DESPERATE: Clean water equals quality of life. Picture: GALLO IMAGES
The right to adequate water and sanitation of poor communities has become the dominant theme as people in the province and the country celebrate Human Rights Month.
In Grahamstown and Port Elizabeth, the Unemployed People’s Movement (UPM) has already made submissions to the SA Human Rights Commission listing problems where the poor, in areas like Qaqawuli, Extension 6, Ethembeni, Hlalani, Phaphamani, Zolani and Eziphunzana informal settlements, were still condemned to bucket toilets and pit latrines.
UPM spokesperson Ayanda Kota said “people are still subjected to the worst indignities”. “In some areas of Grahamstown, families have died in fires because there was no water to extinguish the fire,” he said.
A spate of incidents across the country, including violent service delivery protests in places like Makhaza in Cape Town and Rammulotsi Township in the Free State, were some of the examples of the poor demanding the government reassess its commitments towards the promotion and protection of socio-economic rights as guaranteed under the Constitution.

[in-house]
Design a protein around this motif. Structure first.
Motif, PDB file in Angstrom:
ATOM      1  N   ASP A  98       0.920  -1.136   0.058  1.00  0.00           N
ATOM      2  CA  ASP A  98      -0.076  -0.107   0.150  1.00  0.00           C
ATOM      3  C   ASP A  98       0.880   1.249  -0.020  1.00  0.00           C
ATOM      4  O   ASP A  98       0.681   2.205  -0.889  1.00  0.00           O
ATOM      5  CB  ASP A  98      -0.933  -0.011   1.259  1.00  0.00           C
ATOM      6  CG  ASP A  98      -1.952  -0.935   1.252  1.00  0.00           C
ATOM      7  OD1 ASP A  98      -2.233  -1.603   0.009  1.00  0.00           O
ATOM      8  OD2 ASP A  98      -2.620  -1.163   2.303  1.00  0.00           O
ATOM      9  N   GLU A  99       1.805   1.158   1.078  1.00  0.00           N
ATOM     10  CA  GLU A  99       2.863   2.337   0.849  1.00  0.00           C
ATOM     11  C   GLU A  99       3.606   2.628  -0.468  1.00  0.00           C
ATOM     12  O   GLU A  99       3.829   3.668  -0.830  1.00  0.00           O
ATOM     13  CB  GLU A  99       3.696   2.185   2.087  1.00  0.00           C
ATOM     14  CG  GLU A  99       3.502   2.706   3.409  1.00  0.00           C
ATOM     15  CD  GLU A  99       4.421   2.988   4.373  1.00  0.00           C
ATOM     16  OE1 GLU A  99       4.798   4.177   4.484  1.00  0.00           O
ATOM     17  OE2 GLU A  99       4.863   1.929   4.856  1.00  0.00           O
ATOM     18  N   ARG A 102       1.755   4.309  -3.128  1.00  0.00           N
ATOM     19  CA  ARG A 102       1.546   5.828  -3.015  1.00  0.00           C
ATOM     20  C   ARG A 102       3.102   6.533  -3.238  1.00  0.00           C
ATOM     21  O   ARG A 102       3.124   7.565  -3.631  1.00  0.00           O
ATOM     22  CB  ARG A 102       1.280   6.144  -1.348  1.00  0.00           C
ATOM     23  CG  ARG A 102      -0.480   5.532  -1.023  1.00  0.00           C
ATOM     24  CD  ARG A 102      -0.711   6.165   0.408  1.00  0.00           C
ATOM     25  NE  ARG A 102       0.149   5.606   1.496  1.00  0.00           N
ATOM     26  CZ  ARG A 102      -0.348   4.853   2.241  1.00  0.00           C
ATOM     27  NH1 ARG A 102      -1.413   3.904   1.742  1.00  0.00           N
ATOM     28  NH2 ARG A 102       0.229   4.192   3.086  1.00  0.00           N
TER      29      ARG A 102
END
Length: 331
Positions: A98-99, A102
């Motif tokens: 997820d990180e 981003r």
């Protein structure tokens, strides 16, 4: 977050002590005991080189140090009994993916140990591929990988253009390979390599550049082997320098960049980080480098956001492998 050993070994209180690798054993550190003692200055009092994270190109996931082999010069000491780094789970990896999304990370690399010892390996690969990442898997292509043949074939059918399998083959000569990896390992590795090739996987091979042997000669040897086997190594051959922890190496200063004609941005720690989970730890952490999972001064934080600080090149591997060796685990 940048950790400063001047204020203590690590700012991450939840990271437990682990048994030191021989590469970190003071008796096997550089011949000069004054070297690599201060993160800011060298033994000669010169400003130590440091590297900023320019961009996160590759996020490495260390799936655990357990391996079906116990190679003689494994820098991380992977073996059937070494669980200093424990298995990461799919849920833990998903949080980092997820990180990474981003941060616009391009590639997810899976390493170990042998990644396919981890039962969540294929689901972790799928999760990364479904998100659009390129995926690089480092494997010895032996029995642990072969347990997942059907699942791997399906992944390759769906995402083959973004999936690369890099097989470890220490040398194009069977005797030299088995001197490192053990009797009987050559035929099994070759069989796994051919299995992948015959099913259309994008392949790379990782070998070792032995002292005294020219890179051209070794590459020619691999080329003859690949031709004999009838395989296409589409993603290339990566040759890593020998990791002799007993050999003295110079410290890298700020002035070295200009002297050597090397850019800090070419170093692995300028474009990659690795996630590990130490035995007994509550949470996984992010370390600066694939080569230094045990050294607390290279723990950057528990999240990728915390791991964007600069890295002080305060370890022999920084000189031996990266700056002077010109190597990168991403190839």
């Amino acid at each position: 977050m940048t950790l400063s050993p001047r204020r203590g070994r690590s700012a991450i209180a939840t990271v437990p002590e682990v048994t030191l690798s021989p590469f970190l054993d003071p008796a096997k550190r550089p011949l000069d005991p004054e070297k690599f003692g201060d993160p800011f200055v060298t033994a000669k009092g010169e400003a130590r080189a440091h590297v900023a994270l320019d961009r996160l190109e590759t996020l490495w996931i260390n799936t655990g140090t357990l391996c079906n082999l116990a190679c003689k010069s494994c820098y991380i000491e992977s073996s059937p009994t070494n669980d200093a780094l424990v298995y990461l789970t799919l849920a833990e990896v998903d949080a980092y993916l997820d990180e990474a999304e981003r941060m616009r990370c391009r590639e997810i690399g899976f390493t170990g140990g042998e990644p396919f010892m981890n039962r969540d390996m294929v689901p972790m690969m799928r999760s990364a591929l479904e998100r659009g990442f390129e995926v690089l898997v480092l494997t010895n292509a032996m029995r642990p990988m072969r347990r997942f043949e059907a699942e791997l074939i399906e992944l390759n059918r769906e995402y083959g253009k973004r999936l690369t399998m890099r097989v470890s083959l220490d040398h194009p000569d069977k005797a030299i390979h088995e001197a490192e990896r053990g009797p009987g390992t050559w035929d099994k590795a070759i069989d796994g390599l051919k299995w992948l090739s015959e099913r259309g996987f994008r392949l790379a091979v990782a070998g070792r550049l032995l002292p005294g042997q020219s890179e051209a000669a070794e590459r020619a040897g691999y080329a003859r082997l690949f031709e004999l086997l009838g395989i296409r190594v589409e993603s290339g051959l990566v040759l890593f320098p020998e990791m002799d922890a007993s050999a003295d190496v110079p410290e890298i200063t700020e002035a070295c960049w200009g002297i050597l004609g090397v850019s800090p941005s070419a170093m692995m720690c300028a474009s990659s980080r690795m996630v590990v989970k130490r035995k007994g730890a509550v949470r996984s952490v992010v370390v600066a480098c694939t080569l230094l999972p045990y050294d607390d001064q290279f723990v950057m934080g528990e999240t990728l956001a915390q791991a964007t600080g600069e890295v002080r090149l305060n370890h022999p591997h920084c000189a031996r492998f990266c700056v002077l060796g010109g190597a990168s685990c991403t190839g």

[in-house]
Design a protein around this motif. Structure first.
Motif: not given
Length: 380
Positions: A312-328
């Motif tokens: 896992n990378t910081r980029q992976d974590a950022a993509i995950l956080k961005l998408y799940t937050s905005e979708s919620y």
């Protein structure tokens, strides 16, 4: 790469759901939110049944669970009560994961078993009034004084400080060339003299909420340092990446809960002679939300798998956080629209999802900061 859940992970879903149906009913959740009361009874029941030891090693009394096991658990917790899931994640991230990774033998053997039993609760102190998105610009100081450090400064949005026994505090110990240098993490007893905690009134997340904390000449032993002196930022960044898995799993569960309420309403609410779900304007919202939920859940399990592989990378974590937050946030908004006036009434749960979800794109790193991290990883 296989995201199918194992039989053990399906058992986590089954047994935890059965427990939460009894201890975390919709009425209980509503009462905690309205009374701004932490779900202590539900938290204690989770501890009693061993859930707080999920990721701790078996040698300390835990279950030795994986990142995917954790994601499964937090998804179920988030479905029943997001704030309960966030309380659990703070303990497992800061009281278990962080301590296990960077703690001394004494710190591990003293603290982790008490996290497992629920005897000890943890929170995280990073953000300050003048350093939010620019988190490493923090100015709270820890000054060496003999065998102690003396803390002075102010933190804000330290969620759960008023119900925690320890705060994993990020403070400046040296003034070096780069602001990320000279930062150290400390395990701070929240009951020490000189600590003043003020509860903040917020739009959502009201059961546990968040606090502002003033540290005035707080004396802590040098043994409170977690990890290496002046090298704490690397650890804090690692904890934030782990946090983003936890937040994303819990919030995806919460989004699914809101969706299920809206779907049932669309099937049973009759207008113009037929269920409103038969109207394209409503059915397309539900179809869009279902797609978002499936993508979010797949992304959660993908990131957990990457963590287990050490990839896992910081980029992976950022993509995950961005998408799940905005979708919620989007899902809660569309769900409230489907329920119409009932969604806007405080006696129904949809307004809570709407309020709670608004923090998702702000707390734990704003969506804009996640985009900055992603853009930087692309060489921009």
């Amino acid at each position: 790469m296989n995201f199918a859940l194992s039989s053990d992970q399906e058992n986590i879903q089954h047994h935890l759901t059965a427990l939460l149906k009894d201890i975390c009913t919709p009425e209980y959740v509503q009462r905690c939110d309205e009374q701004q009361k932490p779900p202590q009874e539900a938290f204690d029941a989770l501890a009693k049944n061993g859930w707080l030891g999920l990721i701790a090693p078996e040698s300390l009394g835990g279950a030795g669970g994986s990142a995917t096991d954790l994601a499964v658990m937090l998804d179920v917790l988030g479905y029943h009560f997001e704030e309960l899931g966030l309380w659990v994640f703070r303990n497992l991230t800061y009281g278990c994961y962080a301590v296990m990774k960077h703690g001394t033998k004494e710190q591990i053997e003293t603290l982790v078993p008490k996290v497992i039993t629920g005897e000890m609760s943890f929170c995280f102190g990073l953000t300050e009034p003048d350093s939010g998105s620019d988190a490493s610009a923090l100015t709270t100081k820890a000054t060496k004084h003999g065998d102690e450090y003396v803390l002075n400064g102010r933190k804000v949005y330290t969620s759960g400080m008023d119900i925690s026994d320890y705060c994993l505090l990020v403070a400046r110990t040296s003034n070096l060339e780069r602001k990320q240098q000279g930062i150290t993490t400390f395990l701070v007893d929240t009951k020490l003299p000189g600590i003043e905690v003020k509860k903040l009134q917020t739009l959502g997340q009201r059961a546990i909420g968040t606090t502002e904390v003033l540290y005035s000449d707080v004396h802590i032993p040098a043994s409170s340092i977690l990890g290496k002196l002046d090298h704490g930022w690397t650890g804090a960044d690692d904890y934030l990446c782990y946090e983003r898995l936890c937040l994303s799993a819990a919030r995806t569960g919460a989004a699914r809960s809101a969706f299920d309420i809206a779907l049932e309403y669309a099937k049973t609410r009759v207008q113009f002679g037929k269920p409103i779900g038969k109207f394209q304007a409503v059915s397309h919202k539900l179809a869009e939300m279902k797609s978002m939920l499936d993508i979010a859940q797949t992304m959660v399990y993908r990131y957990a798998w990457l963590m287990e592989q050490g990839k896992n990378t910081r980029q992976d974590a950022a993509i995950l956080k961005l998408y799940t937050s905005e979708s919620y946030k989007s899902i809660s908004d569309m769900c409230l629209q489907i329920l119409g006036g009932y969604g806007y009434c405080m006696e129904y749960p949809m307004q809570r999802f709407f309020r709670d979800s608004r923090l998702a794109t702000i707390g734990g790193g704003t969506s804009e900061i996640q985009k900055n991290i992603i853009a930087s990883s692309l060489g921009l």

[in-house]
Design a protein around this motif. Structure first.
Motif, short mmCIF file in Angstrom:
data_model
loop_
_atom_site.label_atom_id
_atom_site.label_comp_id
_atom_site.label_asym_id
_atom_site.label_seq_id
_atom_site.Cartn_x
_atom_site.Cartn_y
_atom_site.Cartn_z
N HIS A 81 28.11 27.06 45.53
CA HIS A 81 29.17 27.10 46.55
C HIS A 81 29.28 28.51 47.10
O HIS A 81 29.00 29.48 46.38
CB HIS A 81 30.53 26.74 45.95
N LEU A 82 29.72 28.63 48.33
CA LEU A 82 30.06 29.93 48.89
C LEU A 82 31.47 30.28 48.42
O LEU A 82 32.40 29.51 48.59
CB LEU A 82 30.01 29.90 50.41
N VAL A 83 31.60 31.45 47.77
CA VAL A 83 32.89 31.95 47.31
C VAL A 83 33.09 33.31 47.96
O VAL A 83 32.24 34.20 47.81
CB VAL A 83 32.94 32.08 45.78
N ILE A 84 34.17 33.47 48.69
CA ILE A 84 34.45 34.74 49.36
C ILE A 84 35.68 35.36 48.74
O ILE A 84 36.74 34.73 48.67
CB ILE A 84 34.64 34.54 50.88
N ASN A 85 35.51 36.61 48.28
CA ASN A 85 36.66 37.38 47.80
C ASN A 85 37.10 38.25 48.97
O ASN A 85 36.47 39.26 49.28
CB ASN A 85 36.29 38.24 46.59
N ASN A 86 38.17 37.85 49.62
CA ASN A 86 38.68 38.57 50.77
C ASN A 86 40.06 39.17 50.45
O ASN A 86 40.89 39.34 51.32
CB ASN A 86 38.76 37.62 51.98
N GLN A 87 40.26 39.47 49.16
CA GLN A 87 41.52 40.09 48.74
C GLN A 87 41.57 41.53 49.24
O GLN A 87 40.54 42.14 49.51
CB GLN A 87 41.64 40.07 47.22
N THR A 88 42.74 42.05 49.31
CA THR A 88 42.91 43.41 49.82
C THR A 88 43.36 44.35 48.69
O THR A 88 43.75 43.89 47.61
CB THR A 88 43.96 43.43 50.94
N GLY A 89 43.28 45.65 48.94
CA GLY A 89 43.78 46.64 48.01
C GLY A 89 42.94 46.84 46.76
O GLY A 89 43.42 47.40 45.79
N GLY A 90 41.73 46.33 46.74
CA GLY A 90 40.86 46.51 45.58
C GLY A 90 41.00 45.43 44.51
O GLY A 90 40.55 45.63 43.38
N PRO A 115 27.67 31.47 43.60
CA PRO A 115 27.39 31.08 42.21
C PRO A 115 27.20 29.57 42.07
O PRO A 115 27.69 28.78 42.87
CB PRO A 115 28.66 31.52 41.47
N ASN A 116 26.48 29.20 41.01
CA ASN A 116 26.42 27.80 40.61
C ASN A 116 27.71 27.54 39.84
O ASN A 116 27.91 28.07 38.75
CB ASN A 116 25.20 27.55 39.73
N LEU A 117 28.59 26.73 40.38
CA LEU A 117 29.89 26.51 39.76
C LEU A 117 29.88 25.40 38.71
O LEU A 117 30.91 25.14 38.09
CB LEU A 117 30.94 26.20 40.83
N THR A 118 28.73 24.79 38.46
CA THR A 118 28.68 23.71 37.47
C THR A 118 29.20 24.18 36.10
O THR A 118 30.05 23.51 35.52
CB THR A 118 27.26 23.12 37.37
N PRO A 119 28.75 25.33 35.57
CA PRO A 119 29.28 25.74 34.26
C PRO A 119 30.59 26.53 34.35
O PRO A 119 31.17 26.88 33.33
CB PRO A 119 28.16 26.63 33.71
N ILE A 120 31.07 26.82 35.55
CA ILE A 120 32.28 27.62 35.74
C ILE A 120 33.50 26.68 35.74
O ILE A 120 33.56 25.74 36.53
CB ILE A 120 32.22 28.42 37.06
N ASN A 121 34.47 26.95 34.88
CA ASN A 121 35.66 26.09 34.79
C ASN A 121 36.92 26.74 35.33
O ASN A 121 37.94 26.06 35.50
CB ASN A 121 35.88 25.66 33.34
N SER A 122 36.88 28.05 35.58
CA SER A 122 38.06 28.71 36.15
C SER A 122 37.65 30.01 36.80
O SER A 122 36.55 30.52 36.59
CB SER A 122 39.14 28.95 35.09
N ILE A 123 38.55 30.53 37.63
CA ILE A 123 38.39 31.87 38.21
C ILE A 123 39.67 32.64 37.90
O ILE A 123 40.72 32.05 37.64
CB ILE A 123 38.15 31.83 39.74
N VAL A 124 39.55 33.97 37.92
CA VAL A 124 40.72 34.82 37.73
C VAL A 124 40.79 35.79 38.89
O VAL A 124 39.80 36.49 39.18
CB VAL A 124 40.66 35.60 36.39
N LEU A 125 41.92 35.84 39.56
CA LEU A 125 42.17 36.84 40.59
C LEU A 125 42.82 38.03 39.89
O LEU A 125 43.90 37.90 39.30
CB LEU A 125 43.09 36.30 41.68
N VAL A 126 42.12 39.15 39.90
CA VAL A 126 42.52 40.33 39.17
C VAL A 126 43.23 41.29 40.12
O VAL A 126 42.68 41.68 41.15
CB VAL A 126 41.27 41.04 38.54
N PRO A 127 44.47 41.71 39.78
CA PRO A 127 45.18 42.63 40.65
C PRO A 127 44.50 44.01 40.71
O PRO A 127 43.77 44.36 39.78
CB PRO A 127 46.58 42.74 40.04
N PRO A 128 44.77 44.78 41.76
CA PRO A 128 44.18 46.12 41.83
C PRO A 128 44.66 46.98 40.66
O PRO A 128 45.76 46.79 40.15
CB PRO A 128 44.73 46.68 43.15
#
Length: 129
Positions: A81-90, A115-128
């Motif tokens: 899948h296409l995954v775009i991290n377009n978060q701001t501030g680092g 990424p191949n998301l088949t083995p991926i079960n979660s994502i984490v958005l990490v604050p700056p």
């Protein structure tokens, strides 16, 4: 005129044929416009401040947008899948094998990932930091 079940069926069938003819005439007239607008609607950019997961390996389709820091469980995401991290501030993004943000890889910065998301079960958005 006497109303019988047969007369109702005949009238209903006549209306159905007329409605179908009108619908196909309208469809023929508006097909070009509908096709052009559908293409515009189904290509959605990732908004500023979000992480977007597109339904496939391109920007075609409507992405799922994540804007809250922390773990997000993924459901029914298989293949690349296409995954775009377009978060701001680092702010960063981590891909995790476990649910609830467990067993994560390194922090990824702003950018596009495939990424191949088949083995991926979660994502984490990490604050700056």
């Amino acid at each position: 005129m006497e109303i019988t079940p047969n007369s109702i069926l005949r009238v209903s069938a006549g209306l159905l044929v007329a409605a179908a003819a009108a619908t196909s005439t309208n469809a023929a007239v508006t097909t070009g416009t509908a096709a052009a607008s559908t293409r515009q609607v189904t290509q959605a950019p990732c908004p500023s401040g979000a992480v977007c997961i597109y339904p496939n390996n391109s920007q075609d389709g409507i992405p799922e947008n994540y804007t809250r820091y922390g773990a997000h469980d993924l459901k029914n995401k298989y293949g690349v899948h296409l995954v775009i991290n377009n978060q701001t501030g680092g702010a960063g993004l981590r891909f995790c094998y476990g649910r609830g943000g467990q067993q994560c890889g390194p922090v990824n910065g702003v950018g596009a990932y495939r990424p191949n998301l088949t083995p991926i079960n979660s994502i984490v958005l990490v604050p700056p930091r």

“These incidents are a reminder that despite the constitutional provisions and rich jurisprudence in relation to socio-economic rights and the relative wealth of a minority, a significant number of South Africans continue to be denied access to the basic needs of life,” Ebenezer Durojave of the Community Law Centre, said.
Several organisations like the Black Sash, Community Law Centre, People’s Health Movement of SA, National Welfare, Social Service and Development Forum, Global Call to Action against Poverty SA, Socio-Economic Rights Institute of SA and Studies in Poverty and Inequality Institute, are already holding public hearings for communities to speak out loud on these rights.
During one of the hearings, the SA Human Rights Commission found the government to be in violation of its obligations to respect and fulfil the right to sanitation.
“Our campaign hopes that the public dialogue tomorrow will provide an important albeit rare opportunity for the disadvantaged and marginalised to be heard,” said Elroy Paulos from the Black Sash.